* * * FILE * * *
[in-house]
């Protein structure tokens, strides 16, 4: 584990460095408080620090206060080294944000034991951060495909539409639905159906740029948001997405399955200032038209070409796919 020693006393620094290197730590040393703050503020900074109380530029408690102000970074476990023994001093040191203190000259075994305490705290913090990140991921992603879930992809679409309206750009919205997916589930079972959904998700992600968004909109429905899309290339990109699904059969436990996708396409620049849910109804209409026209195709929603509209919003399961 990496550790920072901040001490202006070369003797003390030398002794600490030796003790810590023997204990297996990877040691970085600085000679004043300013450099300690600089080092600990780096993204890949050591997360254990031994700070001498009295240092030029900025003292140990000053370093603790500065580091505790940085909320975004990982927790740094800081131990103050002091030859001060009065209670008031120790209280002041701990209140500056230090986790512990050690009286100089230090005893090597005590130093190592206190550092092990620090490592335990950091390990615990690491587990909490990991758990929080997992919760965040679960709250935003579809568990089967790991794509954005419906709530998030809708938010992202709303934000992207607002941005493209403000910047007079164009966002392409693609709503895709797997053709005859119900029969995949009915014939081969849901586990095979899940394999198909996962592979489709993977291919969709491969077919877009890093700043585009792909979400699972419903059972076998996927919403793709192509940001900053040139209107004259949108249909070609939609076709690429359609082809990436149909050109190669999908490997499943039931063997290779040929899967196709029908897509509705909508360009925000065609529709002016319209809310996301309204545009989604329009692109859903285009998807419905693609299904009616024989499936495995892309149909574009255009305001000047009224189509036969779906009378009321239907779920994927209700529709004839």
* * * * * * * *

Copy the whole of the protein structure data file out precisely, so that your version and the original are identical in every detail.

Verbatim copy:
[in-house]
């Protein structure tokens, strides 16, 4: 584990460095408080620090206060080294944000034991951060495909539409639905159906740029948001997405399955200032038209070409796919 020693006393620094290197730590040393703050503020900074109380530029408690102000970074476990023994001093040191203190000259075994305490705290913090990140991921992603879930992809679409309206750009919205997916589930079972959904998700992600968004909109429905899309290339990109699904059969436990996708396409620049849910109804209409026209195709929603509209919003399961 990496550790920072901040001490202006070369003797003390030398002794600490030796003790810590023997204990297996990877040691970085600085000679004043300013450099300690600089080092600990780096993204890949050591997360254990031994700070001498009295240092030029900025003292140990000053370093603790500065580091505790940085909320975004990982927790740094800081131990103050002091030859001060009065209670008031120790209280002041701990209140500056230090986790512990050690009286100089230090005893090597005590130093190592206190550092092990620090490592335990950091390990615990690491587990909490990991758990929080997992919760965040679960709250935003579809568990089967790991794509954005419906709530998030809708938010992202709303934000992207607002941005493209403000910047007079164009966002392409693609709503895709797997053709005859119900029969995949009915014939081969849901586990095979899940394999198909996962592979489709993977291919969709491969077919877009890093700043585009792909979400699972419903059972076998996927919403793709192509940001900053040139209107004259949108249909070609939609076709690429359609082809990436149909050109190669999908490997499943039931063997290779040929899967196709029908897509509705909508360009925000065609529709002016319209809310996301309204545009989604329009692109859903285009998807419905693609299904009616024989499936495995892309149909574009255009305001000047009224189509036969779906009378009321239907779920994927209700529709004839």